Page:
When the pandemic began, we were toasted among the top 10 performers worldwide, in keeping COVID-19 at bay for our citizens. We were mentioned in the same breath as New Zealand. Numerous measures were instituted, and the Ghanaian psyche was in a place of unity with respect to the need to act in concert to protect ourselves as a people.
As our performance in the public health arena was being lauded worldwide, our four-year ritual to reaffirm our democracy, through elections was rapidly approaching. My sense of anxiety began to rise as the political season bloomed across the land. There were large campaign events with literally hundreds of thousands of people without masks. Neither major political party engaged their throngs of followers around this issue during the campaign, so here we are, paying the price with our lives. More recently, we have seen large events like the fancy dress competition in Takoradi over the Christmas Holidays with no regard to the reality of Covid-19. Super-spreader events have been on the rise since the political campaigns began and have been perpetuated by this gross failure of leadership by the government on this issue, in recent months.
Then came voting itself, which was reasonably well policed with respect to the 3W ‘s of washing of hands, watching your distance and wearing of masks. By this time of course, for political expediency several restrictions had already been lifted. Night clubs are open, numbers of individuals allowed for church services have been increased, numbers allowed for funerals have been increased, all without any enforcement whatsoever.
And then came the mathematical conundrum of the election itself and the large demonstrations of dissatisfied voters along with large gatherings of those with something to celebrate. All of this has been a public health nightmare.
We are now at a place where numbers of active cases that are published have receded into the background because we all know people who have tested positive, others who have been mildly or seriously sick or those that have died. Numbers have become people and people have become faces of those used to smile and say hello.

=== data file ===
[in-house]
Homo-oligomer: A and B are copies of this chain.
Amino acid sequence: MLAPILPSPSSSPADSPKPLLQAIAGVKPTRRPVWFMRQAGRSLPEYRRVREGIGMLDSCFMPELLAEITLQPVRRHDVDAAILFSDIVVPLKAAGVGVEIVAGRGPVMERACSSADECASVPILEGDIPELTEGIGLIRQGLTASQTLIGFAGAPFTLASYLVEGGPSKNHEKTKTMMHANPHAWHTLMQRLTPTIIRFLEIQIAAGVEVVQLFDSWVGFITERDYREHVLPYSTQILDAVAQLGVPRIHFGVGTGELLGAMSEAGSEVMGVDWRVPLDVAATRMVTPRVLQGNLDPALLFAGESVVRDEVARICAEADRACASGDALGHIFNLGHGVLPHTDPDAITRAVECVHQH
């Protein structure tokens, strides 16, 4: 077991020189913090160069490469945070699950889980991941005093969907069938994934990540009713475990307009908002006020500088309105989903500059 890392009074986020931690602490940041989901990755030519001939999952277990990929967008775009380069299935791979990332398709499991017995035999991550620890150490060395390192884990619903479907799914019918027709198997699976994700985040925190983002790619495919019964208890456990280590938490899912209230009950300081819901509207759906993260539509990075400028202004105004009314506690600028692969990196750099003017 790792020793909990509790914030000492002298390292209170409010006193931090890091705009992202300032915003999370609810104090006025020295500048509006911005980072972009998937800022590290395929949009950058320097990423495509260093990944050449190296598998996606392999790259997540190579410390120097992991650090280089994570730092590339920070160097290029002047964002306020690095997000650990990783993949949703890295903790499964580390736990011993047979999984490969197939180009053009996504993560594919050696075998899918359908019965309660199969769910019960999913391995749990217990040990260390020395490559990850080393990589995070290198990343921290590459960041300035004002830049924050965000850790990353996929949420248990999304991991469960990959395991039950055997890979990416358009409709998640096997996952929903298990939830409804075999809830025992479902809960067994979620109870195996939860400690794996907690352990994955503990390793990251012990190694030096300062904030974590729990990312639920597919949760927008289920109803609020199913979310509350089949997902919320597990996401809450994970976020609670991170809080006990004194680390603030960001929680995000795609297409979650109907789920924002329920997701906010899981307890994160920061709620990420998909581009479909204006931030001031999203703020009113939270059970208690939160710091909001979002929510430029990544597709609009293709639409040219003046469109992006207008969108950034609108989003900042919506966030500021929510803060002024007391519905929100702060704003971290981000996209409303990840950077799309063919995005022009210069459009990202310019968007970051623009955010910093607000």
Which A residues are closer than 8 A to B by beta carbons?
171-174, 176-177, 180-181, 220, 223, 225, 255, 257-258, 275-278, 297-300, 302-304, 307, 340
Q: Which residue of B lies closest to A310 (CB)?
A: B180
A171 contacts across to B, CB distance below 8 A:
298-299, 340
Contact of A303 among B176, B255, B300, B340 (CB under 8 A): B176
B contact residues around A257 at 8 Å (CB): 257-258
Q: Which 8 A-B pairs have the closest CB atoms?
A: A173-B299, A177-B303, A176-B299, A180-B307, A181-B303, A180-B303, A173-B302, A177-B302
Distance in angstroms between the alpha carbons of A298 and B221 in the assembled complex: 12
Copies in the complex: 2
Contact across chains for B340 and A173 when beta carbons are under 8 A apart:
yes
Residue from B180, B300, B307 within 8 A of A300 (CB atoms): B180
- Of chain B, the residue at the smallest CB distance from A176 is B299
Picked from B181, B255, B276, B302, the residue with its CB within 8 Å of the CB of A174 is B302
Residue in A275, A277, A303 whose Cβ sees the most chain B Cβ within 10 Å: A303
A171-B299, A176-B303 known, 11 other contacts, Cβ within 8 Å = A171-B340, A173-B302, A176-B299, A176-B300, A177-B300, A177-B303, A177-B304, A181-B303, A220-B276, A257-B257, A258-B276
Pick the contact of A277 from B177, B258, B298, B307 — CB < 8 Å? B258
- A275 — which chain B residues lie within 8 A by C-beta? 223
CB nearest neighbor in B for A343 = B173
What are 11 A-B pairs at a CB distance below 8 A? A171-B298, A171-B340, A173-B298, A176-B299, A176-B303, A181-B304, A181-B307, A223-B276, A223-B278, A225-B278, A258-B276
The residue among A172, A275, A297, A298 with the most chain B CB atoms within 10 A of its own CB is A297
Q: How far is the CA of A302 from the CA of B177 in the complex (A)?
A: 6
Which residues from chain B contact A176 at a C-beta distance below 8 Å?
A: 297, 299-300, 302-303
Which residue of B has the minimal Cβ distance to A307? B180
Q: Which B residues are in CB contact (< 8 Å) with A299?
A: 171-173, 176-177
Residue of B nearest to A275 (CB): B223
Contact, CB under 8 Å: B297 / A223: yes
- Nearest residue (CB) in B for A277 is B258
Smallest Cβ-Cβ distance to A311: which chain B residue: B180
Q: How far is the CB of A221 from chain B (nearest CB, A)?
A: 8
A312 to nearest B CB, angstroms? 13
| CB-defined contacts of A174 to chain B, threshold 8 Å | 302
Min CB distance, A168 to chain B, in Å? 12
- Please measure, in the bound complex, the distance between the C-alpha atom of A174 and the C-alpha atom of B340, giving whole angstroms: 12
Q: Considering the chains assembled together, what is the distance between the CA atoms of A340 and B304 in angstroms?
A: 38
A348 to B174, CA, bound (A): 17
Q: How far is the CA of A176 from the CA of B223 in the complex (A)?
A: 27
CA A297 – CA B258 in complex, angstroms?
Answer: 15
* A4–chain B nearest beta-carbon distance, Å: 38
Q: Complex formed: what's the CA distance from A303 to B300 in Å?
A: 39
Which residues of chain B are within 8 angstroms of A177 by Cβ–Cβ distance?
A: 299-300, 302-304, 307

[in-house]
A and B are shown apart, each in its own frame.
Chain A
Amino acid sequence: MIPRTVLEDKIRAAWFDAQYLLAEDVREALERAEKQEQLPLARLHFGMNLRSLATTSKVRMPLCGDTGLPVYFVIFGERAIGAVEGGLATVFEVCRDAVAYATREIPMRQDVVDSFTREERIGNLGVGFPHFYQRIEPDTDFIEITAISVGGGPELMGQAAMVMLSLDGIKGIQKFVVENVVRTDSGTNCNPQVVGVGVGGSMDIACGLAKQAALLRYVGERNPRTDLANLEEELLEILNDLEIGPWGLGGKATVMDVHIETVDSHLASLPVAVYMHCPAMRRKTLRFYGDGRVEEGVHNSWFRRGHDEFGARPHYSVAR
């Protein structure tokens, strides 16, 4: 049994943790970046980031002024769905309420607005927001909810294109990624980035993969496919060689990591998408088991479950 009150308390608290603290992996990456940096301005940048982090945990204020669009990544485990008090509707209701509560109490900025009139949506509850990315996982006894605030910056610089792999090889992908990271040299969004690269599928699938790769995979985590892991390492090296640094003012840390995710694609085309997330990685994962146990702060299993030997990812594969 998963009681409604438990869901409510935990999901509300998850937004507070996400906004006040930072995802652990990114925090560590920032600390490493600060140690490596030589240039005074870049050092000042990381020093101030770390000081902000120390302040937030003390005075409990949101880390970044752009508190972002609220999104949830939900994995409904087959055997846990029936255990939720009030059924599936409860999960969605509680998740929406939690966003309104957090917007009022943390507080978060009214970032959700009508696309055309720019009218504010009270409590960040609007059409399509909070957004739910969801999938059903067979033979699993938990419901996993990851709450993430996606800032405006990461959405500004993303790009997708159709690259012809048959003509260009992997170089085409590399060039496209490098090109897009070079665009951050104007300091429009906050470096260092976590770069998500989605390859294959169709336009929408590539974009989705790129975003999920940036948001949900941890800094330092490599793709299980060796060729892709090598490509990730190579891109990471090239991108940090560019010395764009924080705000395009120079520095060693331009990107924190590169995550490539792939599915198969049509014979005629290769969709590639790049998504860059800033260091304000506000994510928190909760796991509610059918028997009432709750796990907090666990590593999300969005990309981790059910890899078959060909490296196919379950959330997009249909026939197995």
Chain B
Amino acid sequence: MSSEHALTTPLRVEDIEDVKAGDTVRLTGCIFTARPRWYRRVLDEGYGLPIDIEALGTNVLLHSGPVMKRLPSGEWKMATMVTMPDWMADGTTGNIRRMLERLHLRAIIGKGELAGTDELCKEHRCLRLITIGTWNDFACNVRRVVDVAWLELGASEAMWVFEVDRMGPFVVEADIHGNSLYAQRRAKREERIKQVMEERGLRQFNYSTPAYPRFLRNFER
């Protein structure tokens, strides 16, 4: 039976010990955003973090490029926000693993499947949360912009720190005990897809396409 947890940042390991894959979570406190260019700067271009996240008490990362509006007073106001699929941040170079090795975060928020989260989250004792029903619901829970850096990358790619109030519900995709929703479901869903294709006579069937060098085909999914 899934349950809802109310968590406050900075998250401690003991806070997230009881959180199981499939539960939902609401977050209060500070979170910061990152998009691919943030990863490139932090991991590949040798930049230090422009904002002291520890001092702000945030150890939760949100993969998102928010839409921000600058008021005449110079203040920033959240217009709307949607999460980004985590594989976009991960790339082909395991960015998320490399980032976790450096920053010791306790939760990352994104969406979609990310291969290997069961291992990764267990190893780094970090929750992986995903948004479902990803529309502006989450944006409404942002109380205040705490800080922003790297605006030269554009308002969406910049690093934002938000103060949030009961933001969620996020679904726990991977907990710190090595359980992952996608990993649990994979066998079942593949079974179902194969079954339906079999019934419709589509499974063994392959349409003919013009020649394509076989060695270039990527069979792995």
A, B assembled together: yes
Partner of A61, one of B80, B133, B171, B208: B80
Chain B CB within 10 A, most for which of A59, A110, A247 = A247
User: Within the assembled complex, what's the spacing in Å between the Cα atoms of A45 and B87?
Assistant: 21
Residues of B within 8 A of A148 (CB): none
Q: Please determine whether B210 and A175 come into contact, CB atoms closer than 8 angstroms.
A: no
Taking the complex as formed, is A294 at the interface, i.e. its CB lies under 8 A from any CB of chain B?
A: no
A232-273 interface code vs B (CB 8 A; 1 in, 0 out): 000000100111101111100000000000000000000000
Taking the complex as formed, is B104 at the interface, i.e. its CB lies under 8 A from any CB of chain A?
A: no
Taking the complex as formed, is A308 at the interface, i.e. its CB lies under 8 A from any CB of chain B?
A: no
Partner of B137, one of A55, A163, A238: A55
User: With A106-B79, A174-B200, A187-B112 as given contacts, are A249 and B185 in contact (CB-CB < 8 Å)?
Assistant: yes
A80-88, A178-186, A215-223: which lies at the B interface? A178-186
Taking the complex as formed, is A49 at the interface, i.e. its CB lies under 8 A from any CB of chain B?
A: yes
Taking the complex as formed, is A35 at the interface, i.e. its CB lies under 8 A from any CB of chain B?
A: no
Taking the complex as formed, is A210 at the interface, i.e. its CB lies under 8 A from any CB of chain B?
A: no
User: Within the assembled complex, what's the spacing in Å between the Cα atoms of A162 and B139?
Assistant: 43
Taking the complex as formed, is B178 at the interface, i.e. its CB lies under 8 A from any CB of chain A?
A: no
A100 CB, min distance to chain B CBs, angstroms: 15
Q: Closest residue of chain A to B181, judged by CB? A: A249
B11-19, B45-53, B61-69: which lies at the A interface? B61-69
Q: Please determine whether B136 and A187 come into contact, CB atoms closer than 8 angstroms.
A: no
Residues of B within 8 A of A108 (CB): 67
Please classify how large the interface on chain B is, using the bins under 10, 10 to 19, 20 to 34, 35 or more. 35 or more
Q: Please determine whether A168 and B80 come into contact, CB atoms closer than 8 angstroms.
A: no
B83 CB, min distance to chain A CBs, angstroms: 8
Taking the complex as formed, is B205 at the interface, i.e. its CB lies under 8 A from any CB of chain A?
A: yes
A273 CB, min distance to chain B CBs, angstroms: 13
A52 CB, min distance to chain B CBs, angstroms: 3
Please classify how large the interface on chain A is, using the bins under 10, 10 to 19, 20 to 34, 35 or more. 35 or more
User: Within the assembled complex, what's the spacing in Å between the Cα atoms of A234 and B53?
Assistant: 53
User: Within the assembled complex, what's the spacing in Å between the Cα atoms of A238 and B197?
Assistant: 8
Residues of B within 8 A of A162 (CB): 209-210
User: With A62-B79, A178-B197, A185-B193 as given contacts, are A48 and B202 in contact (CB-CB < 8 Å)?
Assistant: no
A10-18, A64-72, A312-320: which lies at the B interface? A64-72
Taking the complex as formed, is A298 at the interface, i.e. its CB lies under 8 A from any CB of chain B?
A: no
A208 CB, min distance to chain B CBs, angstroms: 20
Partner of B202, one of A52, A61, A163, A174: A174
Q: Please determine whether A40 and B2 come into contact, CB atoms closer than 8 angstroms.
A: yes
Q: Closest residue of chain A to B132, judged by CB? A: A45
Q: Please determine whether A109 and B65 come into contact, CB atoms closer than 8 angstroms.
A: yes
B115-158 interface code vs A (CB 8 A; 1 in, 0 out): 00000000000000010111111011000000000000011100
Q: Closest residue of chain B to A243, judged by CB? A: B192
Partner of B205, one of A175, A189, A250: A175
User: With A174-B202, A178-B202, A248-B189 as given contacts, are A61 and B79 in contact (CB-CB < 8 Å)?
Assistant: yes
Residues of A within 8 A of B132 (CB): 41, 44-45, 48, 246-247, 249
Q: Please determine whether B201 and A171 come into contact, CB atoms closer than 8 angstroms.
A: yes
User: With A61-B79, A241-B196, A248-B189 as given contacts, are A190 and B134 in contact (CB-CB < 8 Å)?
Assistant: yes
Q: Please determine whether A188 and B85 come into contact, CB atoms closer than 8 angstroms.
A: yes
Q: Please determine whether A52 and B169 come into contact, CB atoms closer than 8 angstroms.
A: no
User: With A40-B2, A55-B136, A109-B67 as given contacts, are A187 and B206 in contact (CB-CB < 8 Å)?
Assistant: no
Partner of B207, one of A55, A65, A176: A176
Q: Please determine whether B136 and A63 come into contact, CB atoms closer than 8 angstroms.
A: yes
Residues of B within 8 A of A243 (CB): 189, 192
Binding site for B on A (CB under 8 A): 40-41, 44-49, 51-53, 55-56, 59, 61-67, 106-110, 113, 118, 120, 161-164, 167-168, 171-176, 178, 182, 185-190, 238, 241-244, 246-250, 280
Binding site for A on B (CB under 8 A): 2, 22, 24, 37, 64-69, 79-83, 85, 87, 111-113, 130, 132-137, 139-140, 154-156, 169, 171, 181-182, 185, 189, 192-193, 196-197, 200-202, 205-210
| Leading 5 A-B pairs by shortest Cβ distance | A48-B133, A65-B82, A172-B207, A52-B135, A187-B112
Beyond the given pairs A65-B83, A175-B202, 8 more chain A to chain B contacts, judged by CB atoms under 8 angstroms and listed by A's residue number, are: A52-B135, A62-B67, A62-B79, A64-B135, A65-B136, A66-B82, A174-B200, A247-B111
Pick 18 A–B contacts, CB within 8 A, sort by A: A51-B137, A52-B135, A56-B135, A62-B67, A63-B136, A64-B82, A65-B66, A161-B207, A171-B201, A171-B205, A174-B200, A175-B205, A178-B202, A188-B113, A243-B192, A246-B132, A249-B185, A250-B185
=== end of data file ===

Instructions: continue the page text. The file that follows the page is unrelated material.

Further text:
There is only one thing to do and that is to enforce a strict mask mandate in the public space. That is, anyone outside of their residence without a mask on, is a threat to the rest of the community. There must be clear accountability for enforcing this mask mandate, be it at the local level, regional level or nationally. There must be serious penalties for flouting this simple requirement of public safety. Are the police disciplined and professional enough and up to this task or should we deputize community health workers to do this? Maybe the medical corps of the armed forces. Some identifiable and accountable entity of state must enforce this necessary change in our daily lives.
The government itself should invest directly in masking everyone, everywhere. This would strengthen its hand in enforcing this requirement. If this is not done, we will, like other countries, return to lockdowns. Clear benchmarks like local positivity rates and hospital capacity indices should guide this decision, not political expediency.
The acute care centers are already being overwhelmed. This is what we sought to prevent by the early interventions, but the reality of politics and politicking have brought us to this dark place. We are reaping what we have sowed.To make matters worse, government officials are pushing an unfortunate narrative that blames international travelers who are doubly screened on entry. This problem is one of community spread. Any casual observer can see that in most places, masking is less than 10%. We require at least 80% compliance to be a safe country. "Covidiots" have become "Covi-murderers". These are people whose indifference to masking is killing fellow citizens.
There is no other reality. We either act or we endanger ourselves. It is still early enough to stop the spread by universal masking and tightening the standards for public gatherings again. This however must be implemented to the letter or we will see a tragedy greater than any war we have ever fought. The economy will survive if masked citizens are alive. The public health imperative is what will save the economy. Covid-19 will be with us for at least 24 months, even after a vaccine in available. Let’s get real and look beyond the woefully under-reported numbers officialdom is churning out.
Wash your hands, watch your distance and wear a mask.
Save yourself, save your neighbors, save your community and save the nation.
T. P. Manus Ulzen is Professor of Psychiatry and Behavioral Medicine at the University of Alabama, Annual Visiting Professor at the University of Cape Coast School of Medical Sciences and author of “Java Hill: An African Journey” – A historiography of Ghana
He is Interim Chairman of the Progressive Alliance for Ghana (PAG) a social & economic justice movement.